San Francisco Mayor Wants to Take Battle for Affordable Housing to Voters
If voters pass Mayor Breed's measure, it would require the city's Planning Department to cut the approval time for new affordable housing projects down to six months.
San Francisco Chronicle
By Dominic Fracassa
In the midst of an unrelenting housing crisis, Mayor London Breed is turning to San Francisco voters for help in her crusade to "build more housing and build more housing, faster."
On Wednesday, Breed announced the launch of a signature-gathering petition for a November ballot measure meant to simplify and accelerate housing production in San Francisco.
It takes an average of nearly four years to shepherd a housing project with more than 10 units through the city's permitting process, a 2018 study from UC Berkeley's Terner Center for Housing Innovation found. If voters pass Breed's measure, it would require the Planning Department to cut that time down to six months.
Our broken process for approving new homes has delayed and blocked housing from being built for decades, which got us into the housing shortage we face today," Breed said in a statement.
The measure, dubbed Affordable Homes Now, "cuts through the bureaucracy, meaning new homes can be built years faster than under our current system so that our low- and middle-income residents can actually afford to live here," she said.
Like the proposal Breed failed to get before voters last year -- it was shot down by the Board of Supervisors -- the initiative would streamline the planning and permitting process for 100% affordable housing developments. But in an ambitious twist, the new measure would also confer those benefits to market-rate projects that exceed their affordability requirements.
The signature-gathering effort follows the collapse of SB50 -- state legislation authored by Sen. Scott Wiener, D-San Francisco, that sought to limit the ability of cities to block denser housing near public transit and job centers.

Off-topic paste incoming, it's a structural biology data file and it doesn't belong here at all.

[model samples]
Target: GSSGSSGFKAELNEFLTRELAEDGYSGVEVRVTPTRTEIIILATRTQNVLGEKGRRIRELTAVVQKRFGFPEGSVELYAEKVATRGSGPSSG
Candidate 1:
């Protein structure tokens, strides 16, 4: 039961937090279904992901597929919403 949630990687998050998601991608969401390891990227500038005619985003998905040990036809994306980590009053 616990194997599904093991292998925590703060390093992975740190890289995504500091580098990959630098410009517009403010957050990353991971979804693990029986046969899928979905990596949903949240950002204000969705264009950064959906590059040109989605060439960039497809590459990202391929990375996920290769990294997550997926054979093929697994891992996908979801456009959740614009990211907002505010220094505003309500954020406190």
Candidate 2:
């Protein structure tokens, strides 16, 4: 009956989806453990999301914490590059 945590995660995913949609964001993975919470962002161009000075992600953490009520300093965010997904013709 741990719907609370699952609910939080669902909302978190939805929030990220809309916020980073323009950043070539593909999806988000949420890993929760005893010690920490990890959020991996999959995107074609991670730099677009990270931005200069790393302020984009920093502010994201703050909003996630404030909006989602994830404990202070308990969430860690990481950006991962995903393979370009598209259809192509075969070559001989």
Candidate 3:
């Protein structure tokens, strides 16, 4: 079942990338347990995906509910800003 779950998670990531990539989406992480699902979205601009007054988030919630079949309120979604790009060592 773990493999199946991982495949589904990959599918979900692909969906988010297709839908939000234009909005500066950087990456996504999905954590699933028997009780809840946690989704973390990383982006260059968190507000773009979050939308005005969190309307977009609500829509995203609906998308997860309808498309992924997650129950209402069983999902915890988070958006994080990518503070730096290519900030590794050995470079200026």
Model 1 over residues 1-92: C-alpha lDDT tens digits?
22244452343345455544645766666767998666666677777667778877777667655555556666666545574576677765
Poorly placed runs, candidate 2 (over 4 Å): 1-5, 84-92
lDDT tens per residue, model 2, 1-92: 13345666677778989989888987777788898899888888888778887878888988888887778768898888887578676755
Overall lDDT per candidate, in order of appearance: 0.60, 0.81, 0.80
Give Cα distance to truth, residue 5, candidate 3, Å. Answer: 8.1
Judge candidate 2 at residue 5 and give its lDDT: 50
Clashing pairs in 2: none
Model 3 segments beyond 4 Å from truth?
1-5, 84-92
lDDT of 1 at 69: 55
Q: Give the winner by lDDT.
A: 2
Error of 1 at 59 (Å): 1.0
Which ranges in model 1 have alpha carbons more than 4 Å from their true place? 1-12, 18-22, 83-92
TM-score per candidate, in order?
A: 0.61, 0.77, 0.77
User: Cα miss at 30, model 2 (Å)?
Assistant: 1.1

But unlike SB50, Breed's measure would not change San Francisco's existing zoning laws. Instead, it would eliminate much of the subjective decision-making that occurs during the planning process that Breed and her supporters say delays projects. Fights over the superficial aspects of a proposed development can add time, uncertainty and cost to the already expensive task of building housing in San Francisco, the mayor's office argues.
Should the measure pass, affordable housing projects would be automatically approved if they meet zoning requirements and the city's litany of building and planning codes. The proposed measure defines "affordable" housing as units for households making up to 140% of the area median income -- or just over $172,000 -- for a family of four.
Market-rate projects would get that same benefit if developers choose to build more units of affordable housing on-site than what the city mandates -- a provision likely to attract the ire of the mayor's detractors, many of whom are resistant to efforts to ease pressures on, or reduce concessions from, market-rate developers.
To take advantage of the sped-up process, market-rate developers would have to increase the number of affordable units they build on-site by at least 15%. Currently, market-rate projects of 25 units or more must make at least 20.5% of those units affordable. That number increases by .5% each year, until 2028 under current city law.
Peter Cohen, co-director of San Francisco's Council of Community Housing Organizations, had not yet read the measure, but said it "seemed a little disappointing" that the initiative sought to "lower the goalpost" for affordability mandates compared to what's currently required by state law. Cohen compared it to SB35, which streamlines projects that hit 50% affordable housing.